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Lawmakers signal a possible deal on Real ID bill

Enhanced Drivers License.jpg
Minnesota offers an enhanced driver's license that meets the Real ID Act requirement for an additional $15.

ST. PAUL — Minnesota lawmakers signaled Tuesday that compromise is underway to comply with federal ID standards, signaling a shift away from a provision that would ban immigrants living illegally in the state from getting drivers' licenses.

A joint legislative committee met for the first time to reconcile differences between House and Senate Real ID bills, which attempt to bring the state in line with federal security standards for licenses at airports and military bases.

A provision in the Republican House bill — which was stripped from the Senate version earlier in the session — would ban immigrants living illegally in Minnesota from obtaining licenses. The issue has been a non-starter for Democrats and looked like it might derail the bill. But softening language from Democratic Gov. Mark Dayton and GOP Speaker Kurt Daudt has lawmakers changing their tone on the issue and compromise seems likely.

Republican Rep. Dennis Smith of Maple Grove said he is confident that the two sides will find middle ground on the bill.

"Real ID is all about Minnesotans flying on airplanes," he said.


Smith said the House wants to make sure that Minnesota passes a law as soon as possible, so the state's Department Public Safety can work on getting IDs to residents before the January 2018 deadline. After that date, the state's current IDs will no longer get residents access to domestic flights or military bases.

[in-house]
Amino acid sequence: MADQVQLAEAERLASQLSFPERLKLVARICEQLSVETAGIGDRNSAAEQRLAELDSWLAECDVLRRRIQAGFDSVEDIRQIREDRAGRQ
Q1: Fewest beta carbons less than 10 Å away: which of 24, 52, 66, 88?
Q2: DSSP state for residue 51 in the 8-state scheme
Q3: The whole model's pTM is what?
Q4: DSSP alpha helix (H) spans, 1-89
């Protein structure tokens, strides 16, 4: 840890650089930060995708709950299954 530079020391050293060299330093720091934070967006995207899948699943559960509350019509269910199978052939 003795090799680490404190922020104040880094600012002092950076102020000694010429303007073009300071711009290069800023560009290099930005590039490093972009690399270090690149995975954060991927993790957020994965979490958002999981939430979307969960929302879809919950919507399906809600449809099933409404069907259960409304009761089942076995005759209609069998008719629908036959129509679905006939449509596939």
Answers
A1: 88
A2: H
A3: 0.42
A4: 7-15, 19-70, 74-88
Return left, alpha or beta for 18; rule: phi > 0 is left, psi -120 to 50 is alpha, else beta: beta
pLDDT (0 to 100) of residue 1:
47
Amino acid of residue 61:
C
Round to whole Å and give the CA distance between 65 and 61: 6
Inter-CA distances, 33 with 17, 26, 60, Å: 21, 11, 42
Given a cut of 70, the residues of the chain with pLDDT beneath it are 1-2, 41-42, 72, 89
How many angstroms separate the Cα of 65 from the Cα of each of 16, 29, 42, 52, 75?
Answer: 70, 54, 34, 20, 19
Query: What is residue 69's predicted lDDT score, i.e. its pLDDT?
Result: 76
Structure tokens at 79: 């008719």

Minnesota is currently one of four states not in line with the federal laws and efforts to comply have failed repeatedly since Congress passed the federal standards in 2005.

The Senate sponsor of the bill, Republican Sen. Eric Pratt of Prior Lake, said there are some pieces of the Senate version that would need to make it into the final bill, including an amendment that would trigger a repeal of the law if the federal government substantially changes their Real ID law.

Pratt was forced to change the Senate version of the bill, which originally included the immigrant drivers' license provision, after it failed to garner enough votes from the Republican's one-vote majority.

An influx of new lawmakers and some conciliatory policy changes in the bill have helped Real ID inch closer to passage after strong concerns in past years that compliance with the standards would result in vast federal overreach and serious privacy concerns.

Dayton said earlier this month that he was not able to unilaterally change the rules around drivers' licenses for immigrants living in the state illegally, a major concern for Republicans. Daudt said soon after Dayton's concession that the House would be willing to change language in its measure to guarantee legislative input on any license eligibility changes and remove the outright ban on licenses for immigrants living illegally in Minnesota.

Dayton said on WCCO-AM Tuesday he's ready to sign the bill that emerges from committee.

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